• Test and debug the new combination
  • END REPEAT
  • Deliver the system
  • Each time through the loop, the part of the
    system implemented will be working.
  • crucial interfaces are not left till the end.
  • resource usage is better distributed.

18
Top-Down Testing
  • implement the top module of a structure chart
    first
  • Each subordinate module is simulated by a stub or
    dummy module.
  • Each stub is replaced by a real module and the
    structure re-tested until the bottom level of the
    chart has been reached.

module under test
19
Top-Down Testing
  • Advantages
  • Feedback to users.
  • Skeleton versions.
  • Project less likely to be axed.
  • Major system interfaces are tested.
  • Testing resources are distributed more evenly.
  • Implementers can see early results.
  • If time is short, can begin other parts of the
    development cycle ....... (is this appropriate?)
  • Shows progress .. working modules vs kilos of
    code.
  • Disadvantages
  • A large number of stubs may be required
  • Writing realistic lower level stubs may be
    difficult and time-consuming, i.e. more costly

20
Bottom-Up Testing
  • implement the lowest modules of a structure chart
    first
  • Each boss module is simulated by a driver module.
  • Each driver module is replaced by a real module
    and the structure re-tested until the top level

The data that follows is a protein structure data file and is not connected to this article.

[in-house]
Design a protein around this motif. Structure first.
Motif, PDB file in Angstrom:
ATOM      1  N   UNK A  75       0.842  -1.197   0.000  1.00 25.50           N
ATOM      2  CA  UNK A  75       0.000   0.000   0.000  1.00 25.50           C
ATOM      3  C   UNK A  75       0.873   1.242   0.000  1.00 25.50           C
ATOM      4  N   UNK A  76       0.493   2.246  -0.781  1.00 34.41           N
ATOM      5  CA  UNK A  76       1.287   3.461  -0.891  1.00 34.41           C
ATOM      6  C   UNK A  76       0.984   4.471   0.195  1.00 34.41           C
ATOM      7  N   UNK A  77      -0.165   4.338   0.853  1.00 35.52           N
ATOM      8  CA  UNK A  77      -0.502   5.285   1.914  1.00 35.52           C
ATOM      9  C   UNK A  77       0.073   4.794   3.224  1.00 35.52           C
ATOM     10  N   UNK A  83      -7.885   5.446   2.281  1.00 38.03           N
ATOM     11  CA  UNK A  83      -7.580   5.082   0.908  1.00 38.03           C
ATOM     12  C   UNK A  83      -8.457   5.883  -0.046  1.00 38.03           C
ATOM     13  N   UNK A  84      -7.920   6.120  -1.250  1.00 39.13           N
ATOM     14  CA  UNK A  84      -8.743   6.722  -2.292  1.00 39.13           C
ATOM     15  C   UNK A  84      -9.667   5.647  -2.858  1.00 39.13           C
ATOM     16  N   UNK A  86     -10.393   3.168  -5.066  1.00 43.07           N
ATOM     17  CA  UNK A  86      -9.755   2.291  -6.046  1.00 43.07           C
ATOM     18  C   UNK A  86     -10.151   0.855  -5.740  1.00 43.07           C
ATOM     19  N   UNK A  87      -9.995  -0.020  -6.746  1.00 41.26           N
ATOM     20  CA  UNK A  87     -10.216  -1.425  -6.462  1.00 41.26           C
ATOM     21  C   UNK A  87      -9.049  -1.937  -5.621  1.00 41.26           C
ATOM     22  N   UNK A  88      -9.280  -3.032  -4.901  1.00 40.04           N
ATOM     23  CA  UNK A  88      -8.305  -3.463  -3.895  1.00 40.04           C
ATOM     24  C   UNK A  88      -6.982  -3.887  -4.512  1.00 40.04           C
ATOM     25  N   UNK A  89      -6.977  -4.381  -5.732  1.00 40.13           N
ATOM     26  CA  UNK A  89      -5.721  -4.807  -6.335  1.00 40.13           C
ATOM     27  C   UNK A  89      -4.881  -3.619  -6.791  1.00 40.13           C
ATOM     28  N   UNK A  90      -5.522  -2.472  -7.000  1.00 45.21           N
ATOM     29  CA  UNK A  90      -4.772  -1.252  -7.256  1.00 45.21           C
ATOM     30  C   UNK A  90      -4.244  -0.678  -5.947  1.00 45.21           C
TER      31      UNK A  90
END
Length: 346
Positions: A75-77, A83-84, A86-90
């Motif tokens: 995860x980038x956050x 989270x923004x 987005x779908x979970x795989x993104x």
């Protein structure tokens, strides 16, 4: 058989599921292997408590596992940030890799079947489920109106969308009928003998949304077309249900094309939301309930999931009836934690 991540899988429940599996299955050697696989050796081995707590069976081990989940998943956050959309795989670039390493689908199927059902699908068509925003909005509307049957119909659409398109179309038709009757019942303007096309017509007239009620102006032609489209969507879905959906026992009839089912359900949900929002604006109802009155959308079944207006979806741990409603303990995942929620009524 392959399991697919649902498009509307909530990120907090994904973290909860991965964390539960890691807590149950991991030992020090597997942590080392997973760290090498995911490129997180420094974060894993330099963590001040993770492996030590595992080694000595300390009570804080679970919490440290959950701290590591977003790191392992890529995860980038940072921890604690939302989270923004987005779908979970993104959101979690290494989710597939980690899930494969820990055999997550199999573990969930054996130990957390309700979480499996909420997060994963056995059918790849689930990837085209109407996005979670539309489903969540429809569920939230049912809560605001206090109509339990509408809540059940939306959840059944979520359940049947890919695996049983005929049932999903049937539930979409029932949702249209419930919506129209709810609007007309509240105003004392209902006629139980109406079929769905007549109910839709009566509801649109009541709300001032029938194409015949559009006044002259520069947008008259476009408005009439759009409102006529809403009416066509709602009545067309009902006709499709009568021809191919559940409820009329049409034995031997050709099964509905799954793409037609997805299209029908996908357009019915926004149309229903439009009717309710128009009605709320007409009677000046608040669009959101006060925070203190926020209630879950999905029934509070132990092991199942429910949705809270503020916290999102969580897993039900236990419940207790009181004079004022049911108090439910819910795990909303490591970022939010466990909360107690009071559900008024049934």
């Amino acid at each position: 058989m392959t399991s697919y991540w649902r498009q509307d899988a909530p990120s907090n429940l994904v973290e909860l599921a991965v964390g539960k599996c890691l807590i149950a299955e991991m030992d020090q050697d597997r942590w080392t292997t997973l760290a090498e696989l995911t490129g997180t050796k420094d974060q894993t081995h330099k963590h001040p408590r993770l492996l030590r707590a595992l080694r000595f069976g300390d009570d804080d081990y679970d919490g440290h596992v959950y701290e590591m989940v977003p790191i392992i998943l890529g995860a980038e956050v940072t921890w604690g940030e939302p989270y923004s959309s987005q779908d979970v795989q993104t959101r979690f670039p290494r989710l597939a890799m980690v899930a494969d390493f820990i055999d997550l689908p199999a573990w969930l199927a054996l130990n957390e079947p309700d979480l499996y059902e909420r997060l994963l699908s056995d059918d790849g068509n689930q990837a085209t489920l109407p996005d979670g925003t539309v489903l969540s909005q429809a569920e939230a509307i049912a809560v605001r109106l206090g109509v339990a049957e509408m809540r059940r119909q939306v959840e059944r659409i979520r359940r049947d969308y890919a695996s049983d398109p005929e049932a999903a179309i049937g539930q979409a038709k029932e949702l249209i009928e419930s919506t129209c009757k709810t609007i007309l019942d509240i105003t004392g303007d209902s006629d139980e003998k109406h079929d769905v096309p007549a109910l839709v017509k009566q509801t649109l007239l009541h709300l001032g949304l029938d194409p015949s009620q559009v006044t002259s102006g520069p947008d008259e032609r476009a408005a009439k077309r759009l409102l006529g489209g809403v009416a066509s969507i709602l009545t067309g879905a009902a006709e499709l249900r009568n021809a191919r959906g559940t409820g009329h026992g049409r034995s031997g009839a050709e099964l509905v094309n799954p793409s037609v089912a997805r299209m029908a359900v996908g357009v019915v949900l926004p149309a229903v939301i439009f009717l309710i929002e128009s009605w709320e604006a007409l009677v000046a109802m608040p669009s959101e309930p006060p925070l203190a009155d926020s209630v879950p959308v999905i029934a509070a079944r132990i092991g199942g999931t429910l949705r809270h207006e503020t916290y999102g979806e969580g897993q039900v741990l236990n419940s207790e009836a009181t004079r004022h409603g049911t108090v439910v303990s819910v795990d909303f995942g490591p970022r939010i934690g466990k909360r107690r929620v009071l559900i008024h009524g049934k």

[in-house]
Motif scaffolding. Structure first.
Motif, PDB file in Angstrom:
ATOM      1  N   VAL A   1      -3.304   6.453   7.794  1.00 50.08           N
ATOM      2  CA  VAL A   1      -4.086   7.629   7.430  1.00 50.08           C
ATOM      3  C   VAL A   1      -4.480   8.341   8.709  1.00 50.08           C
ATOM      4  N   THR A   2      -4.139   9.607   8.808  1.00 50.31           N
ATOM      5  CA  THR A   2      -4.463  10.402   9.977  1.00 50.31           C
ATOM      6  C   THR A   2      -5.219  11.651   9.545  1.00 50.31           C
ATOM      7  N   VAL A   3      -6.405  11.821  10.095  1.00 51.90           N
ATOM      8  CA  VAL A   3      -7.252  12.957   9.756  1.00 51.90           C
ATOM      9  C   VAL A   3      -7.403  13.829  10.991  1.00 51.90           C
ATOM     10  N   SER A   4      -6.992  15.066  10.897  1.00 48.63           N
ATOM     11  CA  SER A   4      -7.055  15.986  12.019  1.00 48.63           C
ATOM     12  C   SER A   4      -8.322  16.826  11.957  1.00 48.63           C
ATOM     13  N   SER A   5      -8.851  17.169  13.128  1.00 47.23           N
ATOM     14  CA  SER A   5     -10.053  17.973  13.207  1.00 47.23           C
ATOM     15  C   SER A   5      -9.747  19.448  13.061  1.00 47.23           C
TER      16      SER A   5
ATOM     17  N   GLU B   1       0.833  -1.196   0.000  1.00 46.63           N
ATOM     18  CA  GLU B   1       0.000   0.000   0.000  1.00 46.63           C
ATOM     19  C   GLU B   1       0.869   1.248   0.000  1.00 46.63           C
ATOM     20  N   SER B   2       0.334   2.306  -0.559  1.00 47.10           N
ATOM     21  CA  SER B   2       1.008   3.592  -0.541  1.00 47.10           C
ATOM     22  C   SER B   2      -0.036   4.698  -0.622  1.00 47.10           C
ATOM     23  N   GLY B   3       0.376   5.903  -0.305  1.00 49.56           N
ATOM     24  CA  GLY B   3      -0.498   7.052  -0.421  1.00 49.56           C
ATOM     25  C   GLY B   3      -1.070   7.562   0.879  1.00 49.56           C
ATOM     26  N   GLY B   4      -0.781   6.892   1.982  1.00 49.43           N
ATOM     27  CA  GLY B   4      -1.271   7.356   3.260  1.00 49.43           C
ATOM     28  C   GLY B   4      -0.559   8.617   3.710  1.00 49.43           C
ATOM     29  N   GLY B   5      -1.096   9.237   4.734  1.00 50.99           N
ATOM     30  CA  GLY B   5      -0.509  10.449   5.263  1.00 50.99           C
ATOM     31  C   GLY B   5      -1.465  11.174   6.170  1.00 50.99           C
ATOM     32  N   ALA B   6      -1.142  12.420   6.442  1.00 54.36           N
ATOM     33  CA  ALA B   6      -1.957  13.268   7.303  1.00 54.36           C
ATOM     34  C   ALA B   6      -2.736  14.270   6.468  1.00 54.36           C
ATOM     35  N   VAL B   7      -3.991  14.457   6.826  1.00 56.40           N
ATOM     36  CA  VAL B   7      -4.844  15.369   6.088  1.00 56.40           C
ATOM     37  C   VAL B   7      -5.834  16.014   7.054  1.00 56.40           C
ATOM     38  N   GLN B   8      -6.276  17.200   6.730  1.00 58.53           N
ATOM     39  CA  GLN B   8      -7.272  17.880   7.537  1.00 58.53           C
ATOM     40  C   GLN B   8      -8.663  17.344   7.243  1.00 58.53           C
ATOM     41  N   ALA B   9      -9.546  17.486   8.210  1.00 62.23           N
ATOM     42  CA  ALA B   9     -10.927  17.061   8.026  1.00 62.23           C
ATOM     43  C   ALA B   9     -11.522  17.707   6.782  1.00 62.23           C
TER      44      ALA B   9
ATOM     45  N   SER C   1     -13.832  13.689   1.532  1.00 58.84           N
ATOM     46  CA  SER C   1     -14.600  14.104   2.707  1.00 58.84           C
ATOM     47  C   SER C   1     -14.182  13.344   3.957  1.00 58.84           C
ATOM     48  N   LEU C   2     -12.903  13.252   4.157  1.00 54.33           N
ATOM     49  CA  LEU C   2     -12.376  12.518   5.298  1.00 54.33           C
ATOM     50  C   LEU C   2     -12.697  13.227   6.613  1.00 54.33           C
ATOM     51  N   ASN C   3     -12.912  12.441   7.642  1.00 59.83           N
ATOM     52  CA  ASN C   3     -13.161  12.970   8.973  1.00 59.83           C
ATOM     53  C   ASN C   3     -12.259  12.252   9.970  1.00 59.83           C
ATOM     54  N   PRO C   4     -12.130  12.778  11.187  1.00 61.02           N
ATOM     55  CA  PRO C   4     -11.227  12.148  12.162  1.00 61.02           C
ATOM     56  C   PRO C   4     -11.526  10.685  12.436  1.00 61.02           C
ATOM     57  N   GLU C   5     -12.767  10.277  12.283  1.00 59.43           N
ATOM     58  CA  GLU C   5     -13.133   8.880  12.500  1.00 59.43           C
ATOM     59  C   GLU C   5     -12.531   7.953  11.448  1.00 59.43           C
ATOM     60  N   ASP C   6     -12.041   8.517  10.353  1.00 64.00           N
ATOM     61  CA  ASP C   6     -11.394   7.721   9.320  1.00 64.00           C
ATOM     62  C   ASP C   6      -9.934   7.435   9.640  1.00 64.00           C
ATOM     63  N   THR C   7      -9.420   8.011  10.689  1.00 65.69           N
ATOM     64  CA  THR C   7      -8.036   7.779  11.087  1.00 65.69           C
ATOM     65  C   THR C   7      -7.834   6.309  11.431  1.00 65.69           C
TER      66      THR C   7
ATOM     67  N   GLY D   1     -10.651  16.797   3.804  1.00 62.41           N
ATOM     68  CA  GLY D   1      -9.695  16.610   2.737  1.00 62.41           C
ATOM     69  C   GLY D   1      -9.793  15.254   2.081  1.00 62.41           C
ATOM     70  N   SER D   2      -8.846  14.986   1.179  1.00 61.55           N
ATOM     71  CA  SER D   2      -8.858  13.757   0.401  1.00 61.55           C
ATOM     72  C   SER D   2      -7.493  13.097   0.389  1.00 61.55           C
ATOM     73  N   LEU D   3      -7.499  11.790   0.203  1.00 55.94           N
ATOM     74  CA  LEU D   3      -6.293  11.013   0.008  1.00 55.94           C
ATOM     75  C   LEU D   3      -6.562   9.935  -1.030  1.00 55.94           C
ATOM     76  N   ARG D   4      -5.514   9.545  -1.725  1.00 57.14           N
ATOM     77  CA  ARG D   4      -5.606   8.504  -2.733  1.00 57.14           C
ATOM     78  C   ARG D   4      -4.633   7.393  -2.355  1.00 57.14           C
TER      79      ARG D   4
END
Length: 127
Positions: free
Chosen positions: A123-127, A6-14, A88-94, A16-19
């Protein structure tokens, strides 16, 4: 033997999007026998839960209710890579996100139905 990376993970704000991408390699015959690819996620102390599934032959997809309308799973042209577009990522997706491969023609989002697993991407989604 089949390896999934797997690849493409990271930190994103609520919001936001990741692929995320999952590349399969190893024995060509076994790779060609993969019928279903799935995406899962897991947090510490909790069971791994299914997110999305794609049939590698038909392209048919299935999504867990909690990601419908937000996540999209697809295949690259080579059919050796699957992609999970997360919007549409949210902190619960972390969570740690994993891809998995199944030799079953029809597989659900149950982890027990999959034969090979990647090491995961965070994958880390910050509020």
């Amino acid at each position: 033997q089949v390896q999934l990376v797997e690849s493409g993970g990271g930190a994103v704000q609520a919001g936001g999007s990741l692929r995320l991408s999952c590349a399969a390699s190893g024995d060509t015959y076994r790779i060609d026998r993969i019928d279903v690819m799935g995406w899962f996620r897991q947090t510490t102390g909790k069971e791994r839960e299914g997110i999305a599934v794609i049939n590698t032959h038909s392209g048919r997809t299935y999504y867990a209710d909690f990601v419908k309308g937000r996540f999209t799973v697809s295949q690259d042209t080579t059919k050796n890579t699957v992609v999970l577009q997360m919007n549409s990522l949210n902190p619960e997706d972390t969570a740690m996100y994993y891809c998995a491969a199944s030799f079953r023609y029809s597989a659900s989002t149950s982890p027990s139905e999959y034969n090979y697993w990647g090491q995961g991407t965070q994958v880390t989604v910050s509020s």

of the chart has been reached.

driver
already tested modules
module under test
21
Bottom-Up Testing
  • Advantages
  • Project less likely to be axed
  • Testing resources are distributed more evenly
  • Implementers can see early results
  • Feedback to users (to some degree)
  • Driver modules are generally easier to develop
    than stubs ... therefore less costly.
  • Disadvantages
  • No working program can be demonstrated until the
    last module is tested
  • Major top-level interfaces that may be critical
    are tested late
  • Cannot implement intermediate versions of the
    system.

22
Sandwich Testing
  • combines the top-down and bottom-up approaches
  • A target layer is chosen based on the structure
    and characteristics of the module hierarchy
  • The target layer is usually the one just above
    all the general purpose utility modules
  • A top-down approach is used above the target
    layer
  • A bottom-up approach is used below the target
    layer
  • Testing converges on the target layer.

stub
target layer
23
System Testing
  • the process of testing the integrated software in